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MAY 2020

Farming, Food, and Climate Change in New Jersey

Changes in agriculture – and our diets – can help farmers adapt to climate change and reduce greenhouse gas emissions.

New Jersey farmers do about a billion dollars of business a year, and like all businesses that depend on natural resources they are directly affected by climate change. While certain climate impacts, like a longer growing season, may boost productivity, other climate-related trends are adding uncertainty and risk to an already challenging way of life.

Changes in weather patterns having to do with temperature and precipitation are perhaps the most difficult to manage. Average temperatures in New Jersey have increased 2.9°F over the last century, and periods of extreme hot weather are expected to become more frequent. The growing season is expanding, and winters are milder. The 13 warmest years have occurred since 1990, and 2012 was the warmest year on record.

Extreme heat reduces crop productivity, stresses livestock, and is a potential health hazard to farm workers. Early spring warming can be especially damaging to fruit trees that are “fooled” into budding prematurely and then shocked by a cold snap.

With milder winters, crops like cranberries and northern blueberries that require long chilling periods for optimum growth may not be as productive as they once were. Warmer winters and extended growing seasons mean that harmful insects are active longer and may survive winter in greater numbers. Rising temperatures also encourage the northward spread of pests, weeds, and pathogens from the southern states.

Climate change is altering rainfall patterns, too. 2018 was the wettest year on record in New Jersey, capping an upward trend in precipitation of 2.9 inches over the last century. Rain and snow aren’t distributed evenly over the seasons, however. Heavy downpours are becoming heavier, which increases the risk of soil erosion, nutrient runoff into streams and lakes, and crop damage caused by flooding. And though it seems contradictory, dry spells are expected to occur more frequently, reducing productivity of crops and livestock and raising irrigation costs.

Meanwhile, along the coast, sea level rise is causing salt water to advance farther inland, increasing flooding that can encroach on farm fields, threatening freshwater supplies, and leaving behind tracts of dead trees that have come to be known as “ghost forests.”

As temperatures rise and weather becomes more volatile, farmers are doing what they have always done in the face of changing conditions – adapt. Methods vary depending on circumstances, but common adaptations include diversifying crops, using hoop houses or low tunnels to address weather variability, practicing various water-conservation methods, managing heat stress in livestock, elevating infrastructure in flood-prone areas, and using wind machines to protect vineyards and orchards from frost damage.

Improving soil health is another key strategy. Practices like no- or low-till agriculture, cover crops, and rotational grazing are part of a constellation of practices often called regenerative agriculture that uses natural processes to rebuild soil with organic matter, making it more resilient to climate impacts and boosting its capacity to capture – or sequester – atmospheric carbon.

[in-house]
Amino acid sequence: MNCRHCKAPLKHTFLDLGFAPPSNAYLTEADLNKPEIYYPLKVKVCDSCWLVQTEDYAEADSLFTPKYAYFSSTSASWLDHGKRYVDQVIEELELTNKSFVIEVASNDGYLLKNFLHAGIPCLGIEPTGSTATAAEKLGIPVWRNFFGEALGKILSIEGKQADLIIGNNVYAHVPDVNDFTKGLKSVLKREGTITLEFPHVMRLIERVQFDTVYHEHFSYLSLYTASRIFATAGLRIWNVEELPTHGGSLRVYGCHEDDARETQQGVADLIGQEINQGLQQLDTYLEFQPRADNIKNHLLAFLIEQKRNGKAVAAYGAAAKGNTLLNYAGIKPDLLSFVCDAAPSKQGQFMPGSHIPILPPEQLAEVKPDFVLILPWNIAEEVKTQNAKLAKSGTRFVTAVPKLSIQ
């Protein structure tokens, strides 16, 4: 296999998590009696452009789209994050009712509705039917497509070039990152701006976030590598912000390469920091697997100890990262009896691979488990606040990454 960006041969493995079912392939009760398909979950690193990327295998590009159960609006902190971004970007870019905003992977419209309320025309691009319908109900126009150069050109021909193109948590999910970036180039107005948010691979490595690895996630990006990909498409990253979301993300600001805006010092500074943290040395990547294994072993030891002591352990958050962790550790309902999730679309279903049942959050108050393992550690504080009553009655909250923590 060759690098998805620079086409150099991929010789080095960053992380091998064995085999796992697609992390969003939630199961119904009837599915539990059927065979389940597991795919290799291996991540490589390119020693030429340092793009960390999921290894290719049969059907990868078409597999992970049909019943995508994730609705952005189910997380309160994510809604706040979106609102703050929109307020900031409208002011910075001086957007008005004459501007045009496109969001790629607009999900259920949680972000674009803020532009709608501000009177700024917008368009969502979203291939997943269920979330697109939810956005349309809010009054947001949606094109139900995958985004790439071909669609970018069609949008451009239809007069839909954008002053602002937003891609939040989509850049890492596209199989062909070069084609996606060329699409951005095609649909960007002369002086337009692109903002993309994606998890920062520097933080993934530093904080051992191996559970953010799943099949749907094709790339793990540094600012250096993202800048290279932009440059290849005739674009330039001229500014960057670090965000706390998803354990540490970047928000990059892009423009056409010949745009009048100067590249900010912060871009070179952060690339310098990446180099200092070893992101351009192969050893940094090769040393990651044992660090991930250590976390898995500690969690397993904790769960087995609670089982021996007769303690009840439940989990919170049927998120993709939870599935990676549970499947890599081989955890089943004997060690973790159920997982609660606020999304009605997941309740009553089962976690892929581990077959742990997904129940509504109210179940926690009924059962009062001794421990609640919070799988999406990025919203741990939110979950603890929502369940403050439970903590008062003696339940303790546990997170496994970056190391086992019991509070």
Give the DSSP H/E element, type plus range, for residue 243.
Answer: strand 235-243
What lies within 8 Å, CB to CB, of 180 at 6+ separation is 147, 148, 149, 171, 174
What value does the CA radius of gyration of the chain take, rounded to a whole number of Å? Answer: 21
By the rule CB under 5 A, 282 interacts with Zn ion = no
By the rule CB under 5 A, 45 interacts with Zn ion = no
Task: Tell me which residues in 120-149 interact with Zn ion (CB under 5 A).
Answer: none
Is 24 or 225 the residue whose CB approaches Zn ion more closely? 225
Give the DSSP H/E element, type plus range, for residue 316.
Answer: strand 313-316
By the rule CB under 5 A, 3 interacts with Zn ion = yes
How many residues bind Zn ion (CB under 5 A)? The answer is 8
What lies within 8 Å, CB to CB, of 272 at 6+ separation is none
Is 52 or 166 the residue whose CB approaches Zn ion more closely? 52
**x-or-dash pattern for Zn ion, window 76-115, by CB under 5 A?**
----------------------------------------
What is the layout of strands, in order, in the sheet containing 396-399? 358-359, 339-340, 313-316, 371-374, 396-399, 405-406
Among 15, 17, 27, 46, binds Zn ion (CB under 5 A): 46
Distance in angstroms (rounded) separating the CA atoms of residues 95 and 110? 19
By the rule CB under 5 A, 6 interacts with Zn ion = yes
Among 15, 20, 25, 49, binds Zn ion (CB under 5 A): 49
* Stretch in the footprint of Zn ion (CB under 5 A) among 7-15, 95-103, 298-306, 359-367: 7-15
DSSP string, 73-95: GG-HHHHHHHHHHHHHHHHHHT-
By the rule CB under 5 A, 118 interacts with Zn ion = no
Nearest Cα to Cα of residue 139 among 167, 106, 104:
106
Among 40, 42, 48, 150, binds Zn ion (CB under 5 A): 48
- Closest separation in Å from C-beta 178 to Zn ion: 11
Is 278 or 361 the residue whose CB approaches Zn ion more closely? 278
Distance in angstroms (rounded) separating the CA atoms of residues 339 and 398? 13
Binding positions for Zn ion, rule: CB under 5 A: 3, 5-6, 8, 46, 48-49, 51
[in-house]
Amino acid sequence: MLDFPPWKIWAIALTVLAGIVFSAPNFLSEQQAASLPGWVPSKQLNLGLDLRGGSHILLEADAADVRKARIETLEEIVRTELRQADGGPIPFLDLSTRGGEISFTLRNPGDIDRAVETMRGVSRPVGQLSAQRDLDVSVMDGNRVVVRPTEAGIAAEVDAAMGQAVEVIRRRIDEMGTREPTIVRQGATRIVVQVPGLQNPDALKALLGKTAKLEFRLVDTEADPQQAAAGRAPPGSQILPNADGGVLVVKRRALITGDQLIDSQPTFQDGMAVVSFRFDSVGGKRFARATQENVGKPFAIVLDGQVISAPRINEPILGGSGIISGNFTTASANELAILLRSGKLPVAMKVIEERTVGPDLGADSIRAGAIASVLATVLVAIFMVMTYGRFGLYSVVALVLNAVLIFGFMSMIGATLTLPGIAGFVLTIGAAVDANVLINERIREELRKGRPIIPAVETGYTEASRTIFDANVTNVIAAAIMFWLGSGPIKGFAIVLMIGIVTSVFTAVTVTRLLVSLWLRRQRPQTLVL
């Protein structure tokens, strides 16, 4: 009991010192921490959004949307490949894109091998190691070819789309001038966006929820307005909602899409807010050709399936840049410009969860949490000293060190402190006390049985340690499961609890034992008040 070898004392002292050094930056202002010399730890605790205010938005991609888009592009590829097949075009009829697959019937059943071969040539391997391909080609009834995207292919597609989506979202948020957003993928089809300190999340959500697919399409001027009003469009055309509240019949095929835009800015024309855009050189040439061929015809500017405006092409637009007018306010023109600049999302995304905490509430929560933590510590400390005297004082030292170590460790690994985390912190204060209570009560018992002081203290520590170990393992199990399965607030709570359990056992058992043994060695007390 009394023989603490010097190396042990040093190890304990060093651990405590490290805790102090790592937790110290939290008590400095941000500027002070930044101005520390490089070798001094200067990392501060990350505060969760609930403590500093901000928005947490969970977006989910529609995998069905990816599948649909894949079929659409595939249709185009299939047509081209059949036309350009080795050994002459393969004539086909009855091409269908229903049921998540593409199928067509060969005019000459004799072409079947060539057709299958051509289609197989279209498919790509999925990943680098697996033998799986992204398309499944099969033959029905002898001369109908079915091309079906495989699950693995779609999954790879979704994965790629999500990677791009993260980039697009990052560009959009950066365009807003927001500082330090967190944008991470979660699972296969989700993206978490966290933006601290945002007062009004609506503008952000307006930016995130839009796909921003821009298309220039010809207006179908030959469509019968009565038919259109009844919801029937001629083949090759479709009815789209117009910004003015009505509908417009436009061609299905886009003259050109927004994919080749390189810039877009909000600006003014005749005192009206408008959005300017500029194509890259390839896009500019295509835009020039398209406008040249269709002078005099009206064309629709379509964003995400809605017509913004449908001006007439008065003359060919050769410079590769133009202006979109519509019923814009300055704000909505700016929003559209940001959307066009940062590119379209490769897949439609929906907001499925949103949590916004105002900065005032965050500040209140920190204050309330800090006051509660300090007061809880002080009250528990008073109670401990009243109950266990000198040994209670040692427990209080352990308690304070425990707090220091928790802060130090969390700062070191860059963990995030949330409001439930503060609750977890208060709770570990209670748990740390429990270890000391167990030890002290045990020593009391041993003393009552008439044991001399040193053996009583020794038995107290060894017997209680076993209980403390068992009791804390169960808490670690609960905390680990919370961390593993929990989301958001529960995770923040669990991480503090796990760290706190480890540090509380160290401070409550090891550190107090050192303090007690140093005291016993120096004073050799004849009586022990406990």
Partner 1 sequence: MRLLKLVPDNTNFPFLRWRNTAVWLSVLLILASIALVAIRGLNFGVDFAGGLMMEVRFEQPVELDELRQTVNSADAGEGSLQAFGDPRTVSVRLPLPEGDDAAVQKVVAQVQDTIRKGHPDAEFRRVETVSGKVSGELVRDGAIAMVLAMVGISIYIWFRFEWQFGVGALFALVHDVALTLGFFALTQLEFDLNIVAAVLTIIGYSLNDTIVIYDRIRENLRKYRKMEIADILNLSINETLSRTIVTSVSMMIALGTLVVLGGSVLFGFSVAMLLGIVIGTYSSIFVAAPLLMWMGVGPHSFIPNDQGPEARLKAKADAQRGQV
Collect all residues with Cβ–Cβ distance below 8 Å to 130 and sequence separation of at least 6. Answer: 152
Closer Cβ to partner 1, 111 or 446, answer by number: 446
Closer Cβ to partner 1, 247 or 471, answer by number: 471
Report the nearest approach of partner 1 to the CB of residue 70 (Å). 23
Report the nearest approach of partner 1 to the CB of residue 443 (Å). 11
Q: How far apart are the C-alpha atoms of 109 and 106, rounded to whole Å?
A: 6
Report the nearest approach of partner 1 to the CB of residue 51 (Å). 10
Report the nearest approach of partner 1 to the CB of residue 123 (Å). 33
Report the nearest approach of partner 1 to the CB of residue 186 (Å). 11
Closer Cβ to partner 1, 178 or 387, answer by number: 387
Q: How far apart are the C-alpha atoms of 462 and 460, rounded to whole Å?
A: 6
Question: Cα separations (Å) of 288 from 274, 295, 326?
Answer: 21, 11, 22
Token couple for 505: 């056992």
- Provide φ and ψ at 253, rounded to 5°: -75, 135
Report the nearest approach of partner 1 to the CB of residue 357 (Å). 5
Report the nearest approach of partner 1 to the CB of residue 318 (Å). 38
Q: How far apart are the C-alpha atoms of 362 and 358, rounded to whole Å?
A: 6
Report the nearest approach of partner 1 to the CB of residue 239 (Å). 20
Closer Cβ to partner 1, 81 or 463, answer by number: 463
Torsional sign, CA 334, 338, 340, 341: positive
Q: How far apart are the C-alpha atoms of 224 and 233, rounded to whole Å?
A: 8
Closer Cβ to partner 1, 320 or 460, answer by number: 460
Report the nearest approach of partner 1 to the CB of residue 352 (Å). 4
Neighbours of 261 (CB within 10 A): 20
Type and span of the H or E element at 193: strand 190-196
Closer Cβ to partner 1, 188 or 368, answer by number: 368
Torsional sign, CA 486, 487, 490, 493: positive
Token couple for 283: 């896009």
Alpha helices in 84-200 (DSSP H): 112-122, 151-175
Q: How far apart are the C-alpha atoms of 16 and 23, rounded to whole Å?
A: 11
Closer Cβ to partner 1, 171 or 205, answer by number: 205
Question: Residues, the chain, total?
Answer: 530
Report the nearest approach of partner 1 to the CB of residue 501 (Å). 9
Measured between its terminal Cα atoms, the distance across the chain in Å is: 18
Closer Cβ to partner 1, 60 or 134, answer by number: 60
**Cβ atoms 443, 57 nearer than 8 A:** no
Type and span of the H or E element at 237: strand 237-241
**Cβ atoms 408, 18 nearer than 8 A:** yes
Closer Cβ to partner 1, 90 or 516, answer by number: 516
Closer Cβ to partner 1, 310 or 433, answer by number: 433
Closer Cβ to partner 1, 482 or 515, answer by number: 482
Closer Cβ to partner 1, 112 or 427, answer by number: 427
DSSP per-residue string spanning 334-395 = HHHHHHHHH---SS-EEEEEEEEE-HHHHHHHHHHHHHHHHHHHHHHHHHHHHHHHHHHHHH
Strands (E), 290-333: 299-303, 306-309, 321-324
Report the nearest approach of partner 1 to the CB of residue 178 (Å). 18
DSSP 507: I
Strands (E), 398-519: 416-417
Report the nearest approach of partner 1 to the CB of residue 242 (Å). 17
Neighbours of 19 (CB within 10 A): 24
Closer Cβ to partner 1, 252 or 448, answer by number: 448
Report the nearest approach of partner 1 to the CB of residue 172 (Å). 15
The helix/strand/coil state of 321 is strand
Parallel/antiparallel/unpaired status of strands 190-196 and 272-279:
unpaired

Soil rich in organic material has a greater capacity to retain moisture during dry spells and absorb water during wet periods. Beneficial organisms thrive in healthy soil, producing stronger, more nutritious plants and reducing the need for pesticides and fertilizers. Cover crops protect against erosion. And minimal tillage protects soil structure and prevents carbon dioxide stored in the soil from escaping into the atmosphere.

Other methods of cutting back emissions of carbon dioxide and other potent heat-trapping gases such as methane and nitrous oxide include the more efficient use of fertilizers, processing manure with anaerobic digesters, and of course increasing the proportion of renewable energy.

Vegetables at the Hunterdon Land Trust farmers market in Flemington, NJ
Cranberry harvest

But food production is only half the story. The other part has to do with consumption – the types of food we choose to eat, where and how that food is grown and processed, and the quantity of food we waste.

As a general rule, a plant-rich diet has a lighter carbon footprint – and is healthier – than a diet heavy on meat. According to the World Resource Institute, lamb, goat, and beef have the highest greenhouse gas emissions per gram of protein, followed by dairy, pork, and poultry. Fish and sources of plant-based protein such as beans, lentils, and nuts are at the low end of the emissions scale.

Other considerations include the amount of synthetic fertilizer and pesticide used in food production, the type of processing and packaging, and the distance traveled from farm to market. Generally speaking, foods with the fewest fossil-fuel inputs are the most climate-wise choice.

Minimizing food waste is also critical. According to the USDA, 30 to 40 percent of food in the U.S. is not eaten – a waste of labor, capital, energy, water, and land, and an avoidable source of greenhouse gases. To make matters worse, when food is discarded, it ends up in landfills emitting methane as it decomposes.

Meet the Climate Corps

Angel Alguera, Rutgers Climate CorpsAngel Alguera
I am a first-year Atmospheric Science master’s degree student in the Department of Environmental Sciences, and my work focuses on meteorology and applications of climate change resiliency. My professional interests include severe weather forecasting and community preparedness regarding weather-related disasters. I work with Dr. James Shope at the NJ Climate Change Resource Center to produce applied research and reports relevant to New Jersey stakeholders. I currently assist with climate change data analysis, large dataset management, and report writing.

Daniel GilkesonDaniel Gilkeson
I’m a second-year master’s student in the City and Regional Planning Program with a concentration in environmental planning. As a planner, I hope to build more resilient communities in the face of increased risk due to climate change. With the Climate Change Resource Center, I am working on a project to aid the state in an update of its floodplain buyout program, known as Blue Acres, to be more proactive and comprehensive. Prior to this position, I interned in the Community and Economic Development Office at the Delaware Valley Regional Planning Association. I’m also an AmeriCorps alum, having completed a year of service working on affordable housing in Nashville, Tennessee.